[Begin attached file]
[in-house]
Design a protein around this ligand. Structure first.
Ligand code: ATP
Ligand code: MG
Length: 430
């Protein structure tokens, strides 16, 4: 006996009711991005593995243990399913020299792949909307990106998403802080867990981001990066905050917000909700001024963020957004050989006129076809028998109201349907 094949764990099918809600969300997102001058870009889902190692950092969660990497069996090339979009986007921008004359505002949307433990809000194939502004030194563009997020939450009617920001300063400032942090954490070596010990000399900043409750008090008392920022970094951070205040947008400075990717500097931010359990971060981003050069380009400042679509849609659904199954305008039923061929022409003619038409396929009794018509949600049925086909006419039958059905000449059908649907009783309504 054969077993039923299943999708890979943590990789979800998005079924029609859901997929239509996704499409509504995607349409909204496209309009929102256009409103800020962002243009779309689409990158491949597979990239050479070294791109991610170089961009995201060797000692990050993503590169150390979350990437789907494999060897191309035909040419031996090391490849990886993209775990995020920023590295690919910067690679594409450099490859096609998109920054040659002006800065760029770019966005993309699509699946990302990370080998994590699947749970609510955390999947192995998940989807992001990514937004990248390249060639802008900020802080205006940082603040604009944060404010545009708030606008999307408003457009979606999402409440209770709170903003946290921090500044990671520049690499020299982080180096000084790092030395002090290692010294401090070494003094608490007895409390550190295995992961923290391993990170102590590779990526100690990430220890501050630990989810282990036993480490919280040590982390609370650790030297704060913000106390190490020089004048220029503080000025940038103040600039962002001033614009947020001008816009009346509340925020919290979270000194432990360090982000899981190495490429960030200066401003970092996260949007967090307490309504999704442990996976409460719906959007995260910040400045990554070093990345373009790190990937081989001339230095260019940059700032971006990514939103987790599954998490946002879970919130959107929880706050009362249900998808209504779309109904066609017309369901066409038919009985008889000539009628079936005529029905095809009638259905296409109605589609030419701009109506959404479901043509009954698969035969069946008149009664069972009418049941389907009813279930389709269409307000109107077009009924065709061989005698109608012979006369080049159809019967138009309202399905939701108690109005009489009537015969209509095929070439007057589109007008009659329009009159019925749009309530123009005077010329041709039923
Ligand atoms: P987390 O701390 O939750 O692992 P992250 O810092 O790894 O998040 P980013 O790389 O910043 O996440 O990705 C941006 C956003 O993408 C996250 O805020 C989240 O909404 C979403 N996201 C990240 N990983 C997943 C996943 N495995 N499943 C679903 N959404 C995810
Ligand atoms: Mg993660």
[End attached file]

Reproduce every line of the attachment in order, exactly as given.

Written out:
[in-house]
Design a protein around this ligand. Structure first.
Ligand code: ATP
Ligand code: MG
Length: 430
């Protein structure tokens, strides 16, 4: 006996009711991005593995243990399913020299792949909307990106998403802080867990981001990066905050917000909700001024963020957004050989006129076809028998109201349907 094949764990099918809600969300997102001058870009889902190692950092969660990497069996090339979009986007921008004359505002949307433990809000194939502004030194563009997020939450009617920001300063400032942090954490070596010990000399900043409750008090008392920022970094951070205040947008400075990717500097931010359990971060981003050069380009400042679509849609659904199954305008039923061929022409003619038409396929009794018509949600049925086909006419039958059905000449059908649907009783309504 054969077993039923299943999708890979943590990789979800998005079924029609859901997929239509996704499409509504995607349409909204496209309009929102256009409103800020962002243009779309689409990158491949597979990239050479070294791109991610170089961009995201060797000692990050993503590169150390979350990437789907494999060897191309035909040419031996090391490849990886993209775990995020920023590295690919910067690679594409450099490859096609998109920054040659002006800065760029770019966005993309699509699946990302990370080998994590699947749970609510955390999947192995998940989807992001990514937004990248390249060639802008900020802080205006940082603040604009944060404010545009708030606008999307408003457009979606999402409440209770709170903003946290921090500044990671520049690499020299982080180096000084790092030395002090290692010294401090070494003094608490007895409390550190295995992961923290391993990170102590590779990526100690990430220890501050630990989810282990036993480490919280040590982390609370650790030297704060913000106390190490020089004048220029503080000025940038103040600039962002001033614009947020001008816009009346509340925020919290979270000194432990360090982000899981190495490429960030200066401003970092996260949007967090307490309504999704442990996976409460719906959007995260910040400045990554070093990345373009790190990937081989001339230095260019940059700032971006990514939103987790599954998490946002879970919130959107929880706050009362249900998808209504779309109904066609017309369901066409038919009985008889000539009628079936005529029905095809009638259905296409109605589609030419701009109506959404479901043509009954698969035969069946008149009664069972009418049941389907009813279930389709269409307000109107077009009924065709061989005698109608012979006369080049159809019967138009309202399905939701108690109005009489009537015969209509095929070439007057589109007008009659329009009159019925749009309530123009005077010329041709039923
Ligand atoms: P987390 O701390 O939750 O692992 P992250 O810092 O790894 O998040 P980013 O790389 O910043 O996440 O990705 C941006 C956003 O993408 C996250 O805020 C989240 O909404 C979403 N996201 C990240 N990983 C997943 C996943 N495995 N499943 C679903 N959404 C995810
Ligand atoms: Mg993660």